Listed firms performing well
The consolidated sales of all the nation’s listed companies totaled NT$2.349 trillion (US$78.25 billion) last month, up 10.37 percent year-on-year, statistics released by the Taiwan Stock Exchange on Friday show.
Among the 809 listed enterprises, 542 of them posted an increase in sales, compared with 267 that recorded a decline.
In the first six months of this year, consolidated sales of all listed companies amounted to NT$13.26 trillion, up 5.37 percent year-on-year.
Of the 809 listed firms nationwide, 524 saw revenues grow, while 285 saw earnings decline, statistics showed.
Major industries that showed growth include the semiconductor, glass and pottery industries, as well as the automobile sector.
By contrast construction and construction material, optoelectronics and telecommunication and communications sectors suffered a decline.
Fubon wins Taipei project
Fubon Life Insurance Co (富邦人壽) on Friday won a superficies right project from Taipei City Government for NT$1.401 billion, the company said in a statement.
The project is located in Beitou District (北投), near the New Beitou MRT Station, Fubon Life said.
It consist of five small plots of land with a total area of 1,041.43 ping (3,442.73m2), the company added.
Fubon Life said the 70-year leasehold project could generate stable rental yields, as it plans to build a hotel with hot spring facilities that may create rental yields of 4 percent a year.
4G to fuel smartphone boom
Worldwide smartphone shipments are to continue growing this year, spurred on by the growing promotion of 4G Long-Term Evolution (LTE) networks, market researcher TrendForce Corp (集邦科技) forecast on Friday.
A total of 1.20 billion smartphones are expected to be shipped this year, up 29 percent from a year ago, with China’s growing 4G Time Division LTE in particular generating growth momentum in smartphone shipments and smartphone specifications upgrades, TrendForce said.
Other factors expected to boost shipments are the release of Apple Inc’s new iPhone later this year, economic recovery across the globe, and increased demand for entry-level and mid-range smartphones, the researcher said.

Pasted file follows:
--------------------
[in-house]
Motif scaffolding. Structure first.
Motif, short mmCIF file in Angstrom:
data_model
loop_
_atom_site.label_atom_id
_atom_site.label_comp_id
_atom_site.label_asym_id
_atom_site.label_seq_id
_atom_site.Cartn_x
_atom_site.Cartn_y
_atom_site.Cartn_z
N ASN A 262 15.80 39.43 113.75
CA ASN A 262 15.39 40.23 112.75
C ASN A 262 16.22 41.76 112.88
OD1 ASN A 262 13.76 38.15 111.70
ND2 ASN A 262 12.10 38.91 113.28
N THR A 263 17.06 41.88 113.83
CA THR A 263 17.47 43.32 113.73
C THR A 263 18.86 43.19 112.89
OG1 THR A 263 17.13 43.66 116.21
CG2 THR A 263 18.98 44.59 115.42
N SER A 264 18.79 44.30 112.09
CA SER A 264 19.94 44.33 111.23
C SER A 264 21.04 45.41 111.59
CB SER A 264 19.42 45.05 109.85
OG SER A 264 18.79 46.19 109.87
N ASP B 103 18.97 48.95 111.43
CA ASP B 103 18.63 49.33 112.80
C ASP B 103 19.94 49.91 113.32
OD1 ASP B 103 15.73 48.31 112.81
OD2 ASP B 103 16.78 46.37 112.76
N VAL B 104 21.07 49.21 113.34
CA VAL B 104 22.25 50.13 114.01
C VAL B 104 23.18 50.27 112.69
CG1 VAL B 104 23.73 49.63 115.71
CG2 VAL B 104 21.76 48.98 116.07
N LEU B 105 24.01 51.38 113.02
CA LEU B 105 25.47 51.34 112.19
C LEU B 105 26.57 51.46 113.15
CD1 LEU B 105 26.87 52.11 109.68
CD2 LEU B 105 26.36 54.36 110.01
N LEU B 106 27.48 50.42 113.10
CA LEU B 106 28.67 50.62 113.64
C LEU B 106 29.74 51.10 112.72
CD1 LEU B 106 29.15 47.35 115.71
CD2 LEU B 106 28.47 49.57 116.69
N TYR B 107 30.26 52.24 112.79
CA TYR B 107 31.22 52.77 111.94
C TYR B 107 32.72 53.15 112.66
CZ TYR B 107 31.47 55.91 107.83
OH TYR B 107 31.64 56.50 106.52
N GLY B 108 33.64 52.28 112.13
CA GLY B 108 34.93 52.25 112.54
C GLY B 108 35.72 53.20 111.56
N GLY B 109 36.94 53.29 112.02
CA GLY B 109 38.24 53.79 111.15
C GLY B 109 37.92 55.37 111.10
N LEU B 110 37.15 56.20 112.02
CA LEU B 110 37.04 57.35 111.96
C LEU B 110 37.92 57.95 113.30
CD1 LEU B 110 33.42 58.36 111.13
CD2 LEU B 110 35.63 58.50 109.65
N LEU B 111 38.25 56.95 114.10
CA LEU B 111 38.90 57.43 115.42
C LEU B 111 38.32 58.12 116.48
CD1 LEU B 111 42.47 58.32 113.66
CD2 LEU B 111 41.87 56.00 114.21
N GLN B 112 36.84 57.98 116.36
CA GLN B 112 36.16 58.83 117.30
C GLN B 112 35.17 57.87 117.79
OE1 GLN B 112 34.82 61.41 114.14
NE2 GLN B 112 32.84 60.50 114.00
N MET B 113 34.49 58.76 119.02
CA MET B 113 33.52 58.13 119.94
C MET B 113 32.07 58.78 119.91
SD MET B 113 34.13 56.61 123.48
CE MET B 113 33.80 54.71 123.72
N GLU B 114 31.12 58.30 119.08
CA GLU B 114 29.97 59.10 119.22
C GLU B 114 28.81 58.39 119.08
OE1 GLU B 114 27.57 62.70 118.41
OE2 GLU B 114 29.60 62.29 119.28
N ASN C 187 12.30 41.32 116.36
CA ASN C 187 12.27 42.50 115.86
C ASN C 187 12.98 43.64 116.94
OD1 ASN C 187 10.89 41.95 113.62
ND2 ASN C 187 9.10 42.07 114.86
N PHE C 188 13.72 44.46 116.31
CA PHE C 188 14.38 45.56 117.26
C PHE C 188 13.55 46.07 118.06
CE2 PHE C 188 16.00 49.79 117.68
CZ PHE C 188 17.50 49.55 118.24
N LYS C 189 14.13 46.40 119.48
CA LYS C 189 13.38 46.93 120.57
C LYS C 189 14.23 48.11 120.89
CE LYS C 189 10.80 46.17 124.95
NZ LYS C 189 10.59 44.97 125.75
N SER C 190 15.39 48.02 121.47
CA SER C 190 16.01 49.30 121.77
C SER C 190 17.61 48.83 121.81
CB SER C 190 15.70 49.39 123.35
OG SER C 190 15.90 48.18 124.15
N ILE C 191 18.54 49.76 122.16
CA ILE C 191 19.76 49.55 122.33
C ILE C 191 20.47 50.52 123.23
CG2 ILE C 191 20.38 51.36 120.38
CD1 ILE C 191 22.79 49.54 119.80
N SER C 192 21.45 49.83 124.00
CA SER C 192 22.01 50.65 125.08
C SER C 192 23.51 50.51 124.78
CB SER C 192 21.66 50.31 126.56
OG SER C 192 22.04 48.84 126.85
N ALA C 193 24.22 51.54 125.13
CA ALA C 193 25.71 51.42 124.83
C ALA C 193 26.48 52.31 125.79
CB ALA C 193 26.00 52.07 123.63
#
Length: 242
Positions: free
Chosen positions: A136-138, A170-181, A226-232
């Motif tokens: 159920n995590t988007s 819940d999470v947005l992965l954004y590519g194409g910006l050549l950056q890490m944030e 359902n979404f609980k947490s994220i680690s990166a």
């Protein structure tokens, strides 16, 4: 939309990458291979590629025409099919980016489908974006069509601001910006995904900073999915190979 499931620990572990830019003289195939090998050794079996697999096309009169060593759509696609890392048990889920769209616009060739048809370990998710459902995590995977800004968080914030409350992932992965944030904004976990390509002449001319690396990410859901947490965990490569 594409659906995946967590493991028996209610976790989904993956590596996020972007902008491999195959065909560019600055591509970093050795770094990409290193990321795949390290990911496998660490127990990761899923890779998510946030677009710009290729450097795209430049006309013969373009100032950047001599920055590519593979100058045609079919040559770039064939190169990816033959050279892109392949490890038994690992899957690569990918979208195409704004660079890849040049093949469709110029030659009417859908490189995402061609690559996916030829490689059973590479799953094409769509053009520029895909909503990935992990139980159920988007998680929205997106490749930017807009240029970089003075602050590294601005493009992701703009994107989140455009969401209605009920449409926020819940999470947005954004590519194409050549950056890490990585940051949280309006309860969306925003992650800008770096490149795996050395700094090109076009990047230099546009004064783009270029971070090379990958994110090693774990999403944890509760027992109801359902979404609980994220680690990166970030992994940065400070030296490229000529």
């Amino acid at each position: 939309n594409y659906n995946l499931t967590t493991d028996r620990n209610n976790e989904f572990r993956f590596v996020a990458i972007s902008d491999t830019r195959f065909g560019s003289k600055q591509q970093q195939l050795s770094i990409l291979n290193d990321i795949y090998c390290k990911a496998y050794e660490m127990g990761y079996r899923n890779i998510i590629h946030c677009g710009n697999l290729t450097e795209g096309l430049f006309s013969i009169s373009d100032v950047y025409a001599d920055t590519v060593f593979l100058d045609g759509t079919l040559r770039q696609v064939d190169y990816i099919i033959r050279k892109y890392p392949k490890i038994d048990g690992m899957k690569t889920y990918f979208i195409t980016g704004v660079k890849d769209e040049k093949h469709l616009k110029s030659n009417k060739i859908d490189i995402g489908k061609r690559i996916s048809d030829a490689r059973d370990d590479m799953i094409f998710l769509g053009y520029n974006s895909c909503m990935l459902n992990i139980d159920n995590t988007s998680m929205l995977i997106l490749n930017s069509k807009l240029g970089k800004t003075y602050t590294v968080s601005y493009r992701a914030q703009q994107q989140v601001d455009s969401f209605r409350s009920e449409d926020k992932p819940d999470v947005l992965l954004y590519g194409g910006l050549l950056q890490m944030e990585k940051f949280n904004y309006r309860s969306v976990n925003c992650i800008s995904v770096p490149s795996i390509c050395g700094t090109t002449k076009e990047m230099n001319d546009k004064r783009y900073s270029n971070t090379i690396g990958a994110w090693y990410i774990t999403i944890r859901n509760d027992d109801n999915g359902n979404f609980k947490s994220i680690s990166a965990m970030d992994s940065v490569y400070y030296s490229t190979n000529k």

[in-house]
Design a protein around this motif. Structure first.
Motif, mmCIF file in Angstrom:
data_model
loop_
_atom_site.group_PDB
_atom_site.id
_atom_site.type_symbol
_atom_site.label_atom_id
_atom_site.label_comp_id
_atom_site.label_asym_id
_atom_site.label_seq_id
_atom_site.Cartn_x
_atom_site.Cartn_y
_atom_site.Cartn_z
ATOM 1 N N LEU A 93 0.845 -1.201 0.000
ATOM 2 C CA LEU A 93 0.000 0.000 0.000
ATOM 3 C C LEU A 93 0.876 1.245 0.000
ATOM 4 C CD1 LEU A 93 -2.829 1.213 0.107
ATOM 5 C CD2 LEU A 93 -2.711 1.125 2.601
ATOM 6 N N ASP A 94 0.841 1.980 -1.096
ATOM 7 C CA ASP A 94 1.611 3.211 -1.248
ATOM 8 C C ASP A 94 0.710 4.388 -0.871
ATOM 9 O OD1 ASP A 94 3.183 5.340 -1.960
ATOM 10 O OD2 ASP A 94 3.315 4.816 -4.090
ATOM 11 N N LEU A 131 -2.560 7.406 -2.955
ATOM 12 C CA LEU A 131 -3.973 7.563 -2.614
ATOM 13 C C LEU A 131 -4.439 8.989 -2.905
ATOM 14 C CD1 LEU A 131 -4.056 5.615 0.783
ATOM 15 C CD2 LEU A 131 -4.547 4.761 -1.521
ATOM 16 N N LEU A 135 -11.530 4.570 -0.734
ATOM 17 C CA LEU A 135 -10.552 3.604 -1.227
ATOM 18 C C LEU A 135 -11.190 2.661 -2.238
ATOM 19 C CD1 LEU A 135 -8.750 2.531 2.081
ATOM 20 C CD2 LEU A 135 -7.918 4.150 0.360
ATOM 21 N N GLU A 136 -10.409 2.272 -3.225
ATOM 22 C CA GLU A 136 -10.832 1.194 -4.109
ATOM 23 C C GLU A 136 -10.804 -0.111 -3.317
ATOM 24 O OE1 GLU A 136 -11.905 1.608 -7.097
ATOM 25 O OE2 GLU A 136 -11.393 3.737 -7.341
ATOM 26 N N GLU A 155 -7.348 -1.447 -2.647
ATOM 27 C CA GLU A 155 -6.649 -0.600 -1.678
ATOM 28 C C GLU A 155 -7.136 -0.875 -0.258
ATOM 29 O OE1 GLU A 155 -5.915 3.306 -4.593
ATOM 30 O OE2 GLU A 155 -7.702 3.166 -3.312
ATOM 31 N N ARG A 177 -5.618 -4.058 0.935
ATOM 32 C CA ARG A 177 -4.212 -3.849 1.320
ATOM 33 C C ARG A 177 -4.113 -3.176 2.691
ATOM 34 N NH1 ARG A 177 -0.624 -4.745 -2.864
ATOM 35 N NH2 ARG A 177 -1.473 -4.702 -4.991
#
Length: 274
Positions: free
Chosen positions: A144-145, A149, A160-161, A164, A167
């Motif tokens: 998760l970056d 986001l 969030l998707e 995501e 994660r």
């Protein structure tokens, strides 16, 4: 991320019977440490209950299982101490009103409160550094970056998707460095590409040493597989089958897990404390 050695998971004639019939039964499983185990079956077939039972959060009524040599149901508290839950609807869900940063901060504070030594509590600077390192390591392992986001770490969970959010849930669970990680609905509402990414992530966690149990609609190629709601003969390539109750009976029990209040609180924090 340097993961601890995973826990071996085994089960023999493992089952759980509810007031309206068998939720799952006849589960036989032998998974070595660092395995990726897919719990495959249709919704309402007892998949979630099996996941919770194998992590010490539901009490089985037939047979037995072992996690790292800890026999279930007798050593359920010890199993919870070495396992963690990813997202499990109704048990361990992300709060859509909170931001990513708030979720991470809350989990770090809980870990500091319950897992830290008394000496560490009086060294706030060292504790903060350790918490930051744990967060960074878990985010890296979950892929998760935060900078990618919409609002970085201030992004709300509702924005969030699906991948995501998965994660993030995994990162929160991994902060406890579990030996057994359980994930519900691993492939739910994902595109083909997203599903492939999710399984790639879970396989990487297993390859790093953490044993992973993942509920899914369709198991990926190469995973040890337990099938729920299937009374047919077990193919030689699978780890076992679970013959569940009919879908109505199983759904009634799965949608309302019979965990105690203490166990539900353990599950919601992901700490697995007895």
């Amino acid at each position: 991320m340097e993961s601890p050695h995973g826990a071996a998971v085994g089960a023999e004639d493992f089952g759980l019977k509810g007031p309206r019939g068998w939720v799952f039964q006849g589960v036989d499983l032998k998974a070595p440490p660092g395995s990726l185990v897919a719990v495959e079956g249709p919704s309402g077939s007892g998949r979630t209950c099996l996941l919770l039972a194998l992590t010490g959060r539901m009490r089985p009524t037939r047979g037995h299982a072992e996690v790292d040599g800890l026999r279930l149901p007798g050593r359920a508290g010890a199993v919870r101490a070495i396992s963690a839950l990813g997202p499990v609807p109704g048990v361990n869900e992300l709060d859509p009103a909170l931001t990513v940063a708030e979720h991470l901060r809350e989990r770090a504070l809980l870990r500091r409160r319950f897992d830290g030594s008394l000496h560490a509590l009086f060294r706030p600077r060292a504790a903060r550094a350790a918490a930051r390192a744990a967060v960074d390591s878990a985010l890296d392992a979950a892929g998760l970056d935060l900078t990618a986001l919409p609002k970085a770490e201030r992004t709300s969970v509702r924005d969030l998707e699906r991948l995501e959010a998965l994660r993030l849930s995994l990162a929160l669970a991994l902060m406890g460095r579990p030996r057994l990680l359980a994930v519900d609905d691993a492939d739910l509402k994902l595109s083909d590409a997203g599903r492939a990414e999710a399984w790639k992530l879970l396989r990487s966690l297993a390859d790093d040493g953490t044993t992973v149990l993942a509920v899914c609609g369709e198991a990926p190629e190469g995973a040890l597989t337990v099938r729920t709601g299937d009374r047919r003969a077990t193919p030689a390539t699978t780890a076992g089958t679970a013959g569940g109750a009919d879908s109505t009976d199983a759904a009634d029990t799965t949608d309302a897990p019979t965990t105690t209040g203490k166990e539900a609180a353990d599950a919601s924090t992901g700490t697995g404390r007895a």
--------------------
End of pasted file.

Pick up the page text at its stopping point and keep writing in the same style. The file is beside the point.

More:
Macronix sues Spansion
Memorychip producer Macronix International Co (旺宏電子) said on Wednesday that it has filed a new patent infringement complaint in Germany against Spansion Inc, the firm’s subsidiaries and some of its customers.
Hsinchu-based Macronix said that it petitioned a German court for monetary compensation from Spansion and an injunction against certain products that have infringed on its patents.
The patents in question cover aspects of non-volatile memory devices, including flash memory, Macronix said in a statement.
Phones to aid memory sector
The global memory storage industry could get a boost from solid demand for smartphones in the second half of the year, when the supply of DRAM chips is expected to remain tight, DRAMeXchange has forecast.
The research house predicted that the average contract price of DDR3 4GB DRAMs will top the US$33 quoted for this month and the next, up from the US$30.5 quoted for the second half of last month.
Strong demand will likely keep DRAM prices high in the third quarter, DRAMeXchange said.
Ghost Month spurs car sales
Domestic car sales rose more than 40 percent in the first 10 days of this month, compared with the same period a month earlier, as car dealers’ sought to spark buying interest with the launch new models, statistics showed on Saturday.